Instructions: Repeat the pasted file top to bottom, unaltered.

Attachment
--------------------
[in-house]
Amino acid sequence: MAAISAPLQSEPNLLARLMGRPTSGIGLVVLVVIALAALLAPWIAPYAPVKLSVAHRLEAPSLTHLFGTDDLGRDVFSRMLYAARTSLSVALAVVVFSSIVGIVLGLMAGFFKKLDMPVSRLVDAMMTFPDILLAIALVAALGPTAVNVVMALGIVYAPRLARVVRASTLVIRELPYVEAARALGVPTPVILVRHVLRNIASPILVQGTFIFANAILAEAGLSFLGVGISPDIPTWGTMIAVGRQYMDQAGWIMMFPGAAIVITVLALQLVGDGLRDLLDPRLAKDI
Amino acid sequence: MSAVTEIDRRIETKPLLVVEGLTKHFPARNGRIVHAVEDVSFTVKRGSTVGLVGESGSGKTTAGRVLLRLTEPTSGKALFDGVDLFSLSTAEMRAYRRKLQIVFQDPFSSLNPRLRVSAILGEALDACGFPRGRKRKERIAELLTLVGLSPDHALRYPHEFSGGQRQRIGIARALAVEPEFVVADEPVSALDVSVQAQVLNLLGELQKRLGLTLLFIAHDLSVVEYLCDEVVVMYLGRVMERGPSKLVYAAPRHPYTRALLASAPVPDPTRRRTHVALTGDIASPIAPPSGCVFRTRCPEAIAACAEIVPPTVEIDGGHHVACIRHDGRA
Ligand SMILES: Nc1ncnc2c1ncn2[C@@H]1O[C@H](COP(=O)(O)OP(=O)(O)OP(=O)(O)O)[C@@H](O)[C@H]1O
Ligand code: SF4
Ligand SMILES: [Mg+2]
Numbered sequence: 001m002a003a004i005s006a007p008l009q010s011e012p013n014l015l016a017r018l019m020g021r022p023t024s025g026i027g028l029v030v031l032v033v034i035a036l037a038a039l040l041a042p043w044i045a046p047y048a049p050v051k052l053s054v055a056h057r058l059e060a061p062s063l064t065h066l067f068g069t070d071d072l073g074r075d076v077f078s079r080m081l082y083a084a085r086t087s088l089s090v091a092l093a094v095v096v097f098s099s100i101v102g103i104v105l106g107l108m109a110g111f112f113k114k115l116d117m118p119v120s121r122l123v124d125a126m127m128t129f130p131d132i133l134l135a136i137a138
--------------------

[in-house]
Amino acid sequence: MAAISAPLQSEPNLLARLMGRPTSGIGLVVLVVIALAALLAPWIAPYAPVKLSVAHRLEAPSLTHLFGTDDLGRDVFSRMLYAARTSLSVALAVVVFSSIVGIVLGLMAGFFKKLDMPVSRLVDAMMTFPDILLAIALVAALGPTAVNVVMALGIVYAPRLARVVRASTLVIRELPYVEAARALGVPTPVILVRHVLRNIASPILVQGTFIFANAILAEAGLSFLGVGISPDIPTWGTMIAVGRQYMDQAGWIMMFPGAAIVITVLALQLVGDGLRDLLDPRLAKDI
Amino acid sequence: MSAVTEIDRRIETKPLLVVEGLTKHFPARNGRIVHAVEDVSFTVKRGSTVGLVGESGSGKTTAGRVLLRLTEPTSGKALFDGVDLFSLSTAEMRAYRRKLQIVFQDPFSSLNPRLRVSAILGEALDACGFPRGRKRKERIAELLTLVGLSPDHALRYPHEFSGGQRQRIGIARALAVEPEFVVADEPVSALDVSVQAQVLNLLGELQKRLGLTLLFIAHDLSVVEYLCDEVVVMYLGRVMERGPSKLVYAAPRHPYTRALLASAPVPDPTRRRTHVALTGDIASPIAPPSGCVFRTRCPEAIAACAEIVPPTVEIDGGHHVACIRHDGRA
Ligand SMILES: Nc1ncnc2c1ncn2[C@@H]1O[C@H](COP(=O)(O)OP(=O)(O)OP(=O)(O)O)[C@@H](O)[C@H]1O
Ligand code: SF4
Ligand SMILES: [Mg+2]
Numbered sequence: 001m002a003a004i005s006a007p008l009q010s011e012p013n014l015l016a017r018l019m020g021r022p023t024s025g026i027g028l029v030v031l032v033v034i035a036l037a038a039l040l041a042p043w044i045a046p047y048a049p050v051k052l053s054v055a056h057r058l059e060a061p062s063l064t065h066l067f068g069t070d071d072l073g074r075d076v077f078s079r080m081l082y083a084a085r086t087s088l089s090v091a092l093a094v095v096v097f098s099s100i101v102g103i104v105l106g107l108m109a110g111f112f113k114k115l116d117m118p119v120s121r122l123v124d125a126m127m128t129f130p131d132i133l134l135a136i137a138